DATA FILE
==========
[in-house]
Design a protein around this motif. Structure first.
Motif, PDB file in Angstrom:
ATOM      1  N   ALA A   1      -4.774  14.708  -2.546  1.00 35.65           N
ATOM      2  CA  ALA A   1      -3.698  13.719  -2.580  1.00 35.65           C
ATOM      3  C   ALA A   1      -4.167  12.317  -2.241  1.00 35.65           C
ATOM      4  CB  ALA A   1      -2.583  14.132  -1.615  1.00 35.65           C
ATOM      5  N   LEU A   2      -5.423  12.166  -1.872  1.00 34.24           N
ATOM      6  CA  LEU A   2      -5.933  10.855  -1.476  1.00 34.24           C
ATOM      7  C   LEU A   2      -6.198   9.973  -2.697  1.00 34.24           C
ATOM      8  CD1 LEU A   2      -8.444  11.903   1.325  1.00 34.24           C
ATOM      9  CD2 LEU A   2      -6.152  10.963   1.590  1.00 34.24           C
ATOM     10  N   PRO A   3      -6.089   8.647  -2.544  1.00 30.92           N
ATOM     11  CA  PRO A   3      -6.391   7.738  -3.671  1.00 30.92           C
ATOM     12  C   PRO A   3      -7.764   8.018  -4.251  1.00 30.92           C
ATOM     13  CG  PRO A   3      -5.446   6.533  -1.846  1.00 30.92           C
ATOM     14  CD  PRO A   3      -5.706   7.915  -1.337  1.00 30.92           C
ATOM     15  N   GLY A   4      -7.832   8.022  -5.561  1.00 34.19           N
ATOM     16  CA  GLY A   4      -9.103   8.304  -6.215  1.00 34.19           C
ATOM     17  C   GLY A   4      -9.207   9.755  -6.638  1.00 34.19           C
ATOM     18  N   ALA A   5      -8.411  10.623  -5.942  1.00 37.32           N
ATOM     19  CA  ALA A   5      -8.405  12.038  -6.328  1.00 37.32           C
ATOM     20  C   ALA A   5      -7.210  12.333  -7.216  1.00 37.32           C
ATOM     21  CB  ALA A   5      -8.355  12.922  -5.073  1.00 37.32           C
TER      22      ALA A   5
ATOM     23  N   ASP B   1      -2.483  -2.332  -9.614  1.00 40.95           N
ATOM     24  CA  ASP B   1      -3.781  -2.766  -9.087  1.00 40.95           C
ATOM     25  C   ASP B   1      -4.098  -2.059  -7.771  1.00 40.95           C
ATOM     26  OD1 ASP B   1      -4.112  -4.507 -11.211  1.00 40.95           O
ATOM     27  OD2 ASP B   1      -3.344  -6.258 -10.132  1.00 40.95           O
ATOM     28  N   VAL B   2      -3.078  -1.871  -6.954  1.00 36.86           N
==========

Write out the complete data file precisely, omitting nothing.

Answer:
[in-house]
Design a protein around this motif. Structure first.
Motif, PDB file in Angstrom:
ATOM      1  N   ALA A   1      -4.774  14.708  -2.546  1.00 35.65           N
ATOM      2  CA  ALA A   1      -3.698  13.719  -2.580  1.00 35.65           C
ATOM      3  C   ALA A   1      -4.167  12.317  -2.241  1.00 35.65           C
ATOM      4  CB  ALA A   1      -2.583  14.132  -1.615  1.00 35.65           C
ATOM      5  N   LEU A   2      -5.423  12.166  -1.872  1.00 34.24           N
ATOM      6  CA  LEU A   2      -5.933  10.855  -1.476  1.00 34.24           C
ATOM      7  C   LEU A   2      -6.198   9.973  -2.697  1.00 34.24           C
ATOM      8  CD1 LEU A   2      -8.444  11.903   1.325  1.00 34.24           C
ATOM      9  CD2 LEU A   2      -6.152  10.963   1.590  1.00 34.24           C
ATOM     10  N   PRO A   3      -6.089   8.647  -2.544  1.00 30.92           N
ATOM     11  CA  PRO A   3      -6.391   7.738  -3.671  1.00 30.92           C
ATOM     12  C   PRO A   3      -7.764   8.018  -4.251  1.00 30.92           C
ATOM     13  CG  PRO A   3      -5.446   6.533  -1.846  1.00 30.92           C
ATOM     14  CD  PRO A   3      -5.706   7.915  -1.337  1.00 30.92           C
ATOM     15  N   GLY A   4      -7.832   8.022  -5.561  1.00 34.19           N
ATOM     16  CA  GLY A   4      -9.103   8.304  -6.215  1.00 34.19           C
ATOM     17  C   GLY A   4      -9.207   9.755  -6.638  1.00 34.19           C
ATOM     18  N   ALA A   5      -8.411  10.623  -5.942  1.00 37.32           N
ATOM     19  CA  ALA A   5      -8.405  12.038  -6.328  1.00 37.32           C
ATOM     20  C   ALA A   5      -7.210  12.333  -7.216  1.00 37.32           C
ATOM     21  CB  ALA A   5      -8.355  12.922  -5.073  1.00 37.32           C
TER      22      ALA A   5
ATOM     23  N   ASP B   1      -2.483  -2.332  -9.614  1.00 40.95           N
ATOM     24  CA  ASP B   1      -3.781  -2.766  -9.087  1.00 40.95           C
ATOM     25  C   ASP B   1      -4.098  -2.059  -7.771  1.00 40.95           C
ATOM     26  OD1 ASP B   1      -4.112  -4.507 -11.211  1.00 40.95           O
ATOM     27  OD2 ASP B   1      -3.344  -6.258 -10.132  1.00 40.95           O
ATOM     28  N   VAL B   2      -3.078  -1.871  -6.954  1.00 36.86           N